On 22 Mar 1765, the Stamp Act for North America received the royal sign-off necessary before becoming law. However, George III never approved the bill. He approved of it, it’s clear, but in March 1765 when the bill reached that stage he was ill and...
From: Boston 1775 on 22 Mar 2015

Stamp Act Approved by Lords

On 27 Feb 1765 the House of Commons gave final approval to the new Stamp Act for North America. The bill then moved on to the House of Lords.The North American colonies had some friends in the British peerage, or at least men willing to argue against...
From: Boston 1775 on 8 Mar 2015

The Feuding Pearce family

You can choose your friends but you can’t choose your family.       Never was the old adage as true as in the case of the feuding Pearce family.  We stumbled upon them and their story whilst looking for the husband of the subject of...
From: All Things Georgian on 5 Mar 2015

Notes on Post Tags Search

By default, this searches for any categories containing your search term: eg, Tudor will also find Tudors, Tudor History, etc. Check the 'exact' box to restrict searching to categories exactly matching your search. All searches are case-insensitive.

This is a search for tags/categories assigned to blog posts by their authors. The terminology used for post tags varies across different blog platforms, but WordPress tags and categories, Blogspot labels, and Tumblr tags are all included.

This search feature has a number of purposes:

1. to give site users improved access to the content EMC has been aggregating since August 2012, so they can look for bloggers posting on topics they're interested in, explore what's happening in the early modern blogosphere, and so on.

2. to facilitate and encourage the proactive use of post categories/tags by groups of bloggers with shared interests. All searches can be bookmarked for reference, making it possible to create useful resources of blogging about specific news, topics, conferences, etc, in a similar fashion to Twitter hashtags. Bloggers could agree on a shared tag for posts, or an event organiser could announce one in advance, as is often done with Twitter hashtags.

Caveats and Work in Progress

This does not search post content, and it will not find any informal keywords/hashtags within the body of posts.

If EMC doesn't find any <category> tags for a post in the RSS feed it is classified as uncategorized. These and any <category> 'uncategorized' from the feed are omitted from search results. (It should always be borne in mind that some bloggers never use any kind of category or tag at all.)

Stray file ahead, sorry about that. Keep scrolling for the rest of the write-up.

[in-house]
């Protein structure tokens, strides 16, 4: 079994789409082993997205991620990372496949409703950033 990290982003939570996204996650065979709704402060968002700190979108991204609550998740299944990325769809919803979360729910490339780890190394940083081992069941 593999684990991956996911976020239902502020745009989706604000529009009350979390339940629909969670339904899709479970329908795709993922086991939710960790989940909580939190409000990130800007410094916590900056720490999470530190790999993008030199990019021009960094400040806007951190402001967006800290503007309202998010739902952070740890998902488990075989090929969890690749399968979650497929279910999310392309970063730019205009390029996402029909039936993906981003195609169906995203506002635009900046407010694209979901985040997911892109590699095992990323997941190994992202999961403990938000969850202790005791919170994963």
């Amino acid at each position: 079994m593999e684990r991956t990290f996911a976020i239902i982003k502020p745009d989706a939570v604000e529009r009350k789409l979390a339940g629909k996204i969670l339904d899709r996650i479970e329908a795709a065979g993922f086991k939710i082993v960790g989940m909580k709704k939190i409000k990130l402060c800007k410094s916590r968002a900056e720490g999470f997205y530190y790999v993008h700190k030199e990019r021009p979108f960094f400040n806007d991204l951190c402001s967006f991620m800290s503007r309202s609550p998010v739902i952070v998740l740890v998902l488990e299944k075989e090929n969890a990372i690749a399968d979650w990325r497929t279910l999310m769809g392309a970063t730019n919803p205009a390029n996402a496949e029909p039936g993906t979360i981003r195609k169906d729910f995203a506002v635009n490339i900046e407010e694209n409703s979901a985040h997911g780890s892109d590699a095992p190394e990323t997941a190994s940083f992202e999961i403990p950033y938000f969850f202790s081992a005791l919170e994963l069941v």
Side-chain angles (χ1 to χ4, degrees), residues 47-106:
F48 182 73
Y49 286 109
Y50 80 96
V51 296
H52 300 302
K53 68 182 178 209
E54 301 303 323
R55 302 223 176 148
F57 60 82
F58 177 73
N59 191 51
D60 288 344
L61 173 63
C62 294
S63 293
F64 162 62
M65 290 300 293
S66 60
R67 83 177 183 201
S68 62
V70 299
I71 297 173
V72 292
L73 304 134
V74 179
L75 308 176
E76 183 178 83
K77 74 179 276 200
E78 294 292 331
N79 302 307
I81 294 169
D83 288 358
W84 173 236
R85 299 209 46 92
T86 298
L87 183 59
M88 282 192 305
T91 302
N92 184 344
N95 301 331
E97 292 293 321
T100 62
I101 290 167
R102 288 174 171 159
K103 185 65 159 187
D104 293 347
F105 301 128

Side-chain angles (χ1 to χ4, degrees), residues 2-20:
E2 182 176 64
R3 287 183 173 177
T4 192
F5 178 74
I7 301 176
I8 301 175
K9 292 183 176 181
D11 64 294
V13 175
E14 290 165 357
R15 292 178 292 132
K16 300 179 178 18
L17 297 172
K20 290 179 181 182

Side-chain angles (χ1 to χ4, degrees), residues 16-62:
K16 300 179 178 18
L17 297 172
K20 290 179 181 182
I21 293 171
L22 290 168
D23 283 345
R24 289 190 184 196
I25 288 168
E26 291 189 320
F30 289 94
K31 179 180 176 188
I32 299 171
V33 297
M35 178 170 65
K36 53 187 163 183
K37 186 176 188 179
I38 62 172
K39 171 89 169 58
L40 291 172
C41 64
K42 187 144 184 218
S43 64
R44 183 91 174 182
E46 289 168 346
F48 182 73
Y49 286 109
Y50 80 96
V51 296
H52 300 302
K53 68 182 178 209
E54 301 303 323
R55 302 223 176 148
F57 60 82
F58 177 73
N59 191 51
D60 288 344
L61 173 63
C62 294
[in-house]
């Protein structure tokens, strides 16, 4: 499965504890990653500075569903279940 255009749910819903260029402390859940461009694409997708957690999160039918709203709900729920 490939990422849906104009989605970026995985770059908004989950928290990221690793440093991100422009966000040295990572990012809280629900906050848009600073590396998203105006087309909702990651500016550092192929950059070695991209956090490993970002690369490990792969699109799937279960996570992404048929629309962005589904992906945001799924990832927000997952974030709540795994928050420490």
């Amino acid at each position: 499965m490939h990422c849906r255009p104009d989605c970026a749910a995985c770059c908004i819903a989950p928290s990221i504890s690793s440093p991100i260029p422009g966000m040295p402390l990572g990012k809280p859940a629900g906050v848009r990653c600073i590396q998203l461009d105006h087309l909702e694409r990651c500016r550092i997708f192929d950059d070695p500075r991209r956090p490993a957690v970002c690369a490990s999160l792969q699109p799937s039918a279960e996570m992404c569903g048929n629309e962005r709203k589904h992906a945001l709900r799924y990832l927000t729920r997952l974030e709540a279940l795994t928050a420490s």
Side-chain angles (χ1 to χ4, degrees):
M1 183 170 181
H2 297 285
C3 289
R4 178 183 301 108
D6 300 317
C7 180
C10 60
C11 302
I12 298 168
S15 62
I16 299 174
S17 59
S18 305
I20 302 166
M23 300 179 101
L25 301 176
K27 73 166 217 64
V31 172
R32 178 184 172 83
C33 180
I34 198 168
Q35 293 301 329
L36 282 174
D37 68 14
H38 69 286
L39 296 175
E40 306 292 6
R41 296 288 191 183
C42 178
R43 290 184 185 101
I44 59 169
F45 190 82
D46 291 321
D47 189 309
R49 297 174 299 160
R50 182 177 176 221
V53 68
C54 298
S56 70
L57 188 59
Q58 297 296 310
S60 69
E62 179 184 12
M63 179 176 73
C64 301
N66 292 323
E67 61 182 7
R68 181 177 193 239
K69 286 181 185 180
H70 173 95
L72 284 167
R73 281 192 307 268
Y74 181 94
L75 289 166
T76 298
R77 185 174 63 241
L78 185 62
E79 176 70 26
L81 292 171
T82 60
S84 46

This will not be a 'real time' search, although EMC updates content every few hours so it's never very far behind events.

The search is at present quite basic and limited. I plan to add a number of more sophisticated features in the future including the ability to filter by blog tags and by dates. I may also introduce RSS feeds for search queries at some point.

Constructing Search Query URLs

If you'd like to use an event tag, it's possible to work out in advance what the URL will be, without needing to visit EMC and run the search manually (though you might be advised to check it works!). But you'll need to use URL encoding as appropriate for any spaces or punctuation in the tag (so it might be a good idea to avoid them).

This is the basic structure:

http://emc.historycarnival.org/searchcat?s={search term or phrase}

For example, the URL for a simple search for categories containing London:

http://emc.historycarnival.org/searchcat?s=london

The URL for a search for the exact category Gunpowder Plot:

http://emc.historycarnival.org/searchcat?s=Gunpowder%20Plot&exact=on

In this more complex URL, %20 is the URL encoding for a space between words and &exact=on adds the exact category requirement.

I'll do my best to ensure that the basic URL construction (searchcat?s=...) is stable and persistent as long as the site is around.